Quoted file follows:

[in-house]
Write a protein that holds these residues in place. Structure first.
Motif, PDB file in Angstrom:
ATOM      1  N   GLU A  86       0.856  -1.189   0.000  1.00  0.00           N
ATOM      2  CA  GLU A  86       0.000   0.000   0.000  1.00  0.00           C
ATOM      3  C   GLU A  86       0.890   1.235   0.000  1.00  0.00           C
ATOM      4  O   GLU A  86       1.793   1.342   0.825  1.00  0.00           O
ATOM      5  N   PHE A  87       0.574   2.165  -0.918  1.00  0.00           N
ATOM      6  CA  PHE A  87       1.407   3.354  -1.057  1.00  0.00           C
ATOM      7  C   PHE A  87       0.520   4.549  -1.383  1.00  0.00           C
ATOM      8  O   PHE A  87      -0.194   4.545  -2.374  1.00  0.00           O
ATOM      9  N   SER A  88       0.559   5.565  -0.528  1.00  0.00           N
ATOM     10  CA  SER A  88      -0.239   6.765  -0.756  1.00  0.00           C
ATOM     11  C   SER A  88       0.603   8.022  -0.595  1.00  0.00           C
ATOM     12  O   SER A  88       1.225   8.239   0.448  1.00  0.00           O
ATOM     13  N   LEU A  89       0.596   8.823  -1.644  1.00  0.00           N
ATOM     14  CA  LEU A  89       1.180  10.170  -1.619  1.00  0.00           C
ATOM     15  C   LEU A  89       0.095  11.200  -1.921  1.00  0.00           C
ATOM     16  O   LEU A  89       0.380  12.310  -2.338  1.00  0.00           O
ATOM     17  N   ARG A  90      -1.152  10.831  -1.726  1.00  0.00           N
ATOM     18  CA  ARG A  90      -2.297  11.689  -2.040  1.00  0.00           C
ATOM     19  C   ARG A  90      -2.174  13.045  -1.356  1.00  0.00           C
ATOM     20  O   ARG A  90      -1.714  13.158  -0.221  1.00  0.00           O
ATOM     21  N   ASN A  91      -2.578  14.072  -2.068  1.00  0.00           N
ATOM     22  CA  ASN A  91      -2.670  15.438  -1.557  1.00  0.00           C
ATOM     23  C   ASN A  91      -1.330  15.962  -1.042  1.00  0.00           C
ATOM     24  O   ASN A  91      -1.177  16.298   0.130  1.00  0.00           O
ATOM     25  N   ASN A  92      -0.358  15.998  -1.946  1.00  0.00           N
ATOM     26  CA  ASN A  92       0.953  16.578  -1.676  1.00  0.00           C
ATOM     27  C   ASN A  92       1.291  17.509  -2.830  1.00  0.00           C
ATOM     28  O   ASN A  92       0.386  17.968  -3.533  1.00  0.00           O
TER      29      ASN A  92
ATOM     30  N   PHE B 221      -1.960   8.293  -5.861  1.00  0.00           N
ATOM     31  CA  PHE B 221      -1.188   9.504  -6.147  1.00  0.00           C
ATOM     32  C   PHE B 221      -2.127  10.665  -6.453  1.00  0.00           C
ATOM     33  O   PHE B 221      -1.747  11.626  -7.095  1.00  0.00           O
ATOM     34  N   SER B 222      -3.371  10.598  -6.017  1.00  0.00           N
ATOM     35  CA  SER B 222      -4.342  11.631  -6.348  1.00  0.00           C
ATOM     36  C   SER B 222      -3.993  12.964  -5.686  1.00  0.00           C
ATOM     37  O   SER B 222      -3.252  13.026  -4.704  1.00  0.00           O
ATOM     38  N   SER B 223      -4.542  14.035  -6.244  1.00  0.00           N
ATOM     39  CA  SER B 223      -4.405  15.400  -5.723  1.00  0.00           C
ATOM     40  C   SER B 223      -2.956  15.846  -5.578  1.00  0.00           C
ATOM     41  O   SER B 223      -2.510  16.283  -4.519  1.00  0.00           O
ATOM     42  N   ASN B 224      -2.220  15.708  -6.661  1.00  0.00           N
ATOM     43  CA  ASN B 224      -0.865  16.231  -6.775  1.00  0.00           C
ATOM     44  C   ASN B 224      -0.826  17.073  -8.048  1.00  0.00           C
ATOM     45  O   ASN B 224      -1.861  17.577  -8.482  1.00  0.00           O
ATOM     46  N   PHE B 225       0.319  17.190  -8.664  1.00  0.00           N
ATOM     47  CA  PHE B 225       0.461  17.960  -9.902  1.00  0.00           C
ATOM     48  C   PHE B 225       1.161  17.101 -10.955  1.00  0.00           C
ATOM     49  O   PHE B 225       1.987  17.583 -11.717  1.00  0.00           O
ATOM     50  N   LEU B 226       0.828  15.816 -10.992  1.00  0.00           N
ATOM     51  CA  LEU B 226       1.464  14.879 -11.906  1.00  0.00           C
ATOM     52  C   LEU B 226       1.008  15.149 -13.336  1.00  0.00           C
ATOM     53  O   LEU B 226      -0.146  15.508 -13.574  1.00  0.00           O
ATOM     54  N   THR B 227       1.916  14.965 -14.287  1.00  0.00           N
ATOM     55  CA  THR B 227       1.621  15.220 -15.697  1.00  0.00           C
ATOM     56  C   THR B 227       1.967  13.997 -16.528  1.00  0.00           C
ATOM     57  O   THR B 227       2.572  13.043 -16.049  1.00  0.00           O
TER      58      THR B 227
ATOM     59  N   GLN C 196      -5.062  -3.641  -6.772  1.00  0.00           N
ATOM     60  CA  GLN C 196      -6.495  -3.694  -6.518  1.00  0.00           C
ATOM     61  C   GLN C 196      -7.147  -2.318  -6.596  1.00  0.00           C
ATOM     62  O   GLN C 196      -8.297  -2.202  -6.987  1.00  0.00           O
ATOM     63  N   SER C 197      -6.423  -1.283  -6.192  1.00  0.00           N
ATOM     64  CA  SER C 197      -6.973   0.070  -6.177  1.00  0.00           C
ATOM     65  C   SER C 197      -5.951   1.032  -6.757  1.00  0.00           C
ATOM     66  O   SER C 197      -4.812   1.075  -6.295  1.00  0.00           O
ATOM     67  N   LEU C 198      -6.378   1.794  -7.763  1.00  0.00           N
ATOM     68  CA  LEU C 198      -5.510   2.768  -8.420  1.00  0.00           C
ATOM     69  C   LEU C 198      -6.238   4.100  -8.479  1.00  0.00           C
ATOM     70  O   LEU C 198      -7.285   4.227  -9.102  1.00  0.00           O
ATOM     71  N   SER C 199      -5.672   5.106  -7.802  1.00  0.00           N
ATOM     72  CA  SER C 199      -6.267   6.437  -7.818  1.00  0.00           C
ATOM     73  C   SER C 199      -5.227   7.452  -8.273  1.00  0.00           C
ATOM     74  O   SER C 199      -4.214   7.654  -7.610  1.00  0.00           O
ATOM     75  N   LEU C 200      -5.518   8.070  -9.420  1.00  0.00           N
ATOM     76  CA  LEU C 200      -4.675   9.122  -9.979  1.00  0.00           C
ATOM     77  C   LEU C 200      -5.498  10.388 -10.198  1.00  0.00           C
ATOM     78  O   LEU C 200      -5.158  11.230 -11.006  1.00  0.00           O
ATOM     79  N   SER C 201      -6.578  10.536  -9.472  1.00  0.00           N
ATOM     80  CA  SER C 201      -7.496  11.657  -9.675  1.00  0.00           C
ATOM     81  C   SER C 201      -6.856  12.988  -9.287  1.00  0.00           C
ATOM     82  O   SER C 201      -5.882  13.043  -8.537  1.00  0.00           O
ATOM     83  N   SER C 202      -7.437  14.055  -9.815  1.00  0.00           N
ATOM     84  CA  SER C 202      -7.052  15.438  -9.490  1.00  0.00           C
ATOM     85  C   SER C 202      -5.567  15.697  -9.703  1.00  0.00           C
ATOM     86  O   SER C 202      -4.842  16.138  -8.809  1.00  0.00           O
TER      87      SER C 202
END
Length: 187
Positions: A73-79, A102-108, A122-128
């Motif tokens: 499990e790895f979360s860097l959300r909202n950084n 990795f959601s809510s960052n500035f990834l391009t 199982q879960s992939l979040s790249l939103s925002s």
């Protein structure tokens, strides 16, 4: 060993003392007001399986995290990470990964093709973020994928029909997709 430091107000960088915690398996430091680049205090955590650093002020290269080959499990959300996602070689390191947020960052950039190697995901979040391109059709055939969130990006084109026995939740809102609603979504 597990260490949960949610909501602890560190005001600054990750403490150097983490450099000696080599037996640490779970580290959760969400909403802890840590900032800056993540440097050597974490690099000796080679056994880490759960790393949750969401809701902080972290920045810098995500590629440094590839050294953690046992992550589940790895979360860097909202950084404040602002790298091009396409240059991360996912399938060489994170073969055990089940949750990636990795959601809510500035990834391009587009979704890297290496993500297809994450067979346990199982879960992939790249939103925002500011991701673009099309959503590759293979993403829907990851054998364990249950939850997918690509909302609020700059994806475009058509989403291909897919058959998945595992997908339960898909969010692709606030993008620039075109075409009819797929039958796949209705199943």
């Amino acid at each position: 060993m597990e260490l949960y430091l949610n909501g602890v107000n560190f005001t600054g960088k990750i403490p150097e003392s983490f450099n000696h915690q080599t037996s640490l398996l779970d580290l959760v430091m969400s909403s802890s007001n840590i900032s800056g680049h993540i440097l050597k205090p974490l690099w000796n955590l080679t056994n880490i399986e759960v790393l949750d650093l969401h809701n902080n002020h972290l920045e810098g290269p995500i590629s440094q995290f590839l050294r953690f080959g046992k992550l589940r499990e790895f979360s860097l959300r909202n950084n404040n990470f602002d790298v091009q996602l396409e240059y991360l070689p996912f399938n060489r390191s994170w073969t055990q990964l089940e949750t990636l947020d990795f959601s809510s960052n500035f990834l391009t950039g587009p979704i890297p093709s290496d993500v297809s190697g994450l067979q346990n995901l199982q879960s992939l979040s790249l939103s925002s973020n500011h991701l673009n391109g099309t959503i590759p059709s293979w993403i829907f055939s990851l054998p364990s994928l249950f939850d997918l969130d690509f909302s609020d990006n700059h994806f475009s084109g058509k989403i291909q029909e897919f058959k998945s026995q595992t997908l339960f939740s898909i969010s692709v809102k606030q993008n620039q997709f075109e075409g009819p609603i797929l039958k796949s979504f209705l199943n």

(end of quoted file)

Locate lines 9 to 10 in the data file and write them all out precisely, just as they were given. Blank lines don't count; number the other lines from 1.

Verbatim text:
ATOM      6  CA  PHE A  87       1.407   3.354  -1.057  1.00  0.00           C
ATOM      7  C   PHE A  87       0.520   4.549  -1.383  1.00  0.00           C